It was fascinating this week to peek inside Hamilton Academical and to see the inner makings of this remarkable club.

With their tiny support, a previously untested manager and youth players galore, Hamilton are currently riding high in the SPFL Premiership. How can this be?

Alex Neil, the player-manager, says the key is "patience". Ronnie MacDonald, once the club chairman and currently vice-chairman, says it is all about "continuity". Between these two men are numerous coaches, dieticians and scouts who have made Hamilton, in their own way, one of the remarkable stories of British football.

The club has just risen from having around 600 season-ticket holders to a giddy 1000. Apart from three or four seasoned campaigners, such as Martin Canning and Dougie Imrie, Neil basically works with a troupe of home-produced youngsters who, from 15 years of age or lower, have been taught and honed specifically to become Hamilton first-team players.

This club might well be unique, in that its manager is under no pressure in terms of the club falling down the pecking-order of Scottish football. Alex Neil, as it happens, appears to be a very good coach, but he operates in a cynicism-free environment.

"Continuity is everything for us," says MacDonald. "We want to give Scottish kids a chance. We have a modest budget, but the one thing we don't skimp on at Accies is scouting and coaching and facilities. We try to give these talented kids everything they need, the best they can get.

"If they're good, and they want to sign for us, then they'll receive a very modest salary to start off. If they don't want it and want to go elsewhere, that's fine by us. It's no skin off our nose. We just carry on.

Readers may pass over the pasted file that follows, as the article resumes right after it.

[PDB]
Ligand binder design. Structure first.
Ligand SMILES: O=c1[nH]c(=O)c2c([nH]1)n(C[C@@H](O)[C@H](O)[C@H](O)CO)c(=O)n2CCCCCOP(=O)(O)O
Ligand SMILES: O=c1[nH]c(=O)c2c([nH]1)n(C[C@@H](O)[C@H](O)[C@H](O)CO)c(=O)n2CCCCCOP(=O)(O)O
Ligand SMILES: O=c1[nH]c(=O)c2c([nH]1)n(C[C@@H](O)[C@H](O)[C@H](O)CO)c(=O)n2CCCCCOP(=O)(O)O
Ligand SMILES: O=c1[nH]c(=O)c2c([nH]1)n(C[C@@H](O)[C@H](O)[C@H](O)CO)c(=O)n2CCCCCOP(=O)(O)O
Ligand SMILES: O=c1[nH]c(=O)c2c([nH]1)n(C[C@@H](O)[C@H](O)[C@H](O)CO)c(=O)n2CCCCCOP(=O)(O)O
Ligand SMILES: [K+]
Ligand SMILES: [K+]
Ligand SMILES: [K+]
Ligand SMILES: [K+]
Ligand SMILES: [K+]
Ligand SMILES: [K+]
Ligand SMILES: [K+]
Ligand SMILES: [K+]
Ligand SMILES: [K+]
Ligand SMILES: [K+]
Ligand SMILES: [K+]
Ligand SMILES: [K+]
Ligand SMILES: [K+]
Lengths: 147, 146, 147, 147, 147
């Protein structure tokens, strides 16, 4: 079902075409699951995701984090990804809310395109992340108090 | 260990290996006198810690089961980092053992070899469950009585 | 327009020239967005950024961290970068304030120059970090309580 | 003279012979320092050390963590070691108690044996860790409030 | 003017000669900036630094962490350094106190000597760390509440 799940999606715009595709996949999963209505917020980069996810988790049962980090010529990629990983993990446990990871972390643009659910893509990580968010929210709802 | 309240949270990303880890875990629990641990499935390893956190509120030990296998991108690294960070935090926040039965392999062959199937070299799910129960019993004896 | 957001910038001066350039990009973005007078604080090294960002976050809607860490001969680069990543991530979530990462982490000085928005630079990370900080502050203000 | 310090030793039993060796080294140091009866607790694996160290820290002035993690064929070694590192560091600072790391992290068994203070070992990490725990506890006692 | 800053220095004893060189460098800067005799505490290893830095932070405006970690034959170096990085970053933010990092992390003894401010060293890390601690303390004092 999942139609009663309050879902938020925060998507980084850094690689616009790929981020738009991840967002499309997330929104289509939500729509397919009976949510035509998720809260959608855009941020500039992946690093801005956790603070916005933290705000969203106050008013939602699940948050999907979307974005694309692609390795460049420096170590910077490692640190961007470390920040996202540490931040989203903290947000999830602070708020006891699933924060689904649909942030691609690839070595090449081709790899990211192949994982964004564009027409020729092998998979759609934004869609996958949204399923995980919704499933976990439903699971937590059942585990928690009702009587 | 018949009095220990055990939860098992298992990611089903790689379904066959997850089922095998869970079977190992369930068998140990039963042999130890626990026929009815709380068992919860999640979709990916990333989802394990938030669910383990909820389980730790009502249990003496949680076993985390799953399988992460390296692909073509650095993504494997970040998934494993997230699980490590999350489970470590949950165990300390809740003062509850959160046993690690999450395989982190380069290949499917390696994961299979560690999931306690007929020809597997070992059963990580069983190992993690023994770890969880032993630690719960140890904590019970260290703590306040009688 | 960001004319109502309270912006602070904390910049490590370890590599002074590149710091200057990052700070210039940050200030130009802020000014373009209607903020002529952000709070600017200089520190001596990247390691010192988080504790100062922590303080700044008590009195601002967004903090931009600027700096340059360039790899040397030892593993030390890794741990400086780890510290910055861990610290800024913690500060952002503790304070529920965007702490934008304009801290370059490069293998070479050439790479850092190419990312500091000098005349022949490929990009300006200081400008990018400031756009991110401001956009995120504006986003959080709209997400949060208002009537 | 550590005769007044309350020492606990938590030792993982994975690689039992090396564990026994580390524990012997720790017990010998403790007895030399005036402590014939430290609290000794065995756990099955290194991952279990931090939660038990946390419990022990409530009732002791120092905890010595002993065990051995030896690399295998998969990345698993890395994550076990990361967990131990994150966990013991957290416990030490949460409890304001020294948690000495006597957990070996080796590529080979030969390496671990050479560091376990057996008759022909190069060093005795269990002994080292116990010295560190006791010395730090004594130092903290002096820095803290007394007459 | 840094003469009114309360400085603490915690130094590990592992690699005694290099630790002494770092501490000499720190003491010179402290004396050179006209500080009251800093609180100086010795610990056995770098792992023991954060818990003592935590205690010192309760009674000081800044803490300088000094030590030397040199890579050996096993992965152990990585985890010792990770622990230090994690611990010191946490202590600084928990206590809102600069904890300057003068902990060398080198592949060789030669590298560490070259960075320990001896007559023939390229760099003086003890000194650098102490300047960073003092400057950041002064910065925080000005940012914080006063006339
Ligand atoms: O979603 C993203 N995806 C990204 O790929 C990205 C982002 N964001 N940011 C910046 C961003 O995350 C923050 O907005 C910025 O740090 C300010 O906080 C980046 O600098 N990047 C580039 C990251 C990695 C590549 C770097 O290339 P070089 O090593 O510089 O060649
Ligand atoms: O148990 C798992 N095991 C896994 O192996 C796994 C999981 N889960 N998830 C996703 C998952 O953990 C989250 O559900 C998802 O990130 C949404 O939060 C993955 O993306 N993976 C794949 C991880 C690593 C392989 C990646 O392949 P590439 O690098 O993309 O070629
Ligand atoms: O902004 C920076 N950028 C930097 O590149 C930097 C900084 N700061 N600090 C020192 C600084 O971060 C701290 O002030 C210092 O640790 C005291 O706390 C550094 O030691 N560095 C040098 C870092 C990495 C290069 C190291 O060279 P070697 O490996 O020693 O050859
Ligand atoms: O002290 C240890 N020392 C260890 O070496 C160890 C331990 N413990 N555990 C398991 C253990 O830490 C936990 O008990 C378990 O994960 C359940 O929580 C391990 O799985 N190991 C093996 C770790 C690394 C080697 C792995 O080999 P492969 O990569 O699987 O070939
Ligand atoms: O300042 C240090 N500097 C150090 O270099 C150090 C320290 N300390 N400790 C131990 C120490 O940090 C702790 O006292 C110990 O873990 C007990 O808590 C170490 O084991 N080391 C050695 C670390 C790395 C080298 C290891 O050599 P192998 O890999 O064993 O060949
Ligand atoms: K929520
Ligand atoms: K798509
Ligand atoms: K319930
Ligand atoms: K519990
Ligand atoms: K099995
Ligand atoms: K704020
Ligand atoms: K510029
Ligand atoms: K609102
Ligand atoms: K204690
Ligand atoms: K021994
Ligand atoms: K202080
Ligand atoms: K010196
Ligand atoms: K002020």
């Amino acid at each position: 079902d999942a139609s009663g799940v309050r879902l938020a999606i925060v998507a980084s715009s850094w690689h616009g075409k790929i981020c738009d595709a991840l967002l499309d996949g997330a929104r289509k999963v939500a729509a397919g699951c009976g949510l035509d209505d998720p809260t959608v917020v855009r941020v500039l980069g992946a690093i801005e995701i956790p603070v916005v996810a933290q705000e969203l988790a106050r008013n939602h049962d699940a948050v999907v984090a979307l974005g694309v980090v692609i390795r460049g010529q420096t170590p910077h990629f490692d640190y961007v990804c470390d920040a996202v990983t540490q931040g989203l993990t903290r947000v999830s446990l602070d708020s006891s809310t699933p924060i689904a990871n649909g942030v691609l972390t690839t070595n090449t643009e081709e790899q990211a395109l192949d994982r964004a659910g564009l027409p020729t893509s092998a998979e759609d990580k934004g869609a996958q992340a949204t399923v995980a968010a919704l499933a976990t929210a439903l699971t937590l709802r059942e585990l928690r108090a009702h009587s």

"I had Alex Neil marked down as a manager five years ago. We put him in charge of the under-17s, with a view to him down the line becoming our manager once Billy Reid tired of it all.

"We say to Alex, 'look, we want you to play kids, to give them a chance in the team. And if it doesn't work out, it's not your fault, it's ours.' That's the way we go. People say, 'you can't play kids.' Well, we do, and if we end up at the bottom of division three for doing so, so be it. Our philosophy is, we want to rear and play our own."

The Hamilton first-team squad, which is currently putting many other Scottish clubs to shame and will face Celtic in Glasgow tomorrow, is packed with home-grown talent. Still just 19, defender Stephen Hendrie has played almost 100 matches for the club. This season alone Michael Devlin (21), Ziggy Gordon (21), Eamonn Brophy (18), Greg Docherty (18), Darren Lyon (19) and others have emerged amid the usual harvest of bright young Hamilton hopefuls.

Neil says it is all part of a club ethos which is absolutely ingrained in the club. "This current Accies team has been years in the making," he says. "I was under-17s coach under Billy Reid, so actually I've been working with some of these lads for three or four years now. A team won't just happen overnight. With good, talented young kids, you still need to be patient. You are basically teaching them the game.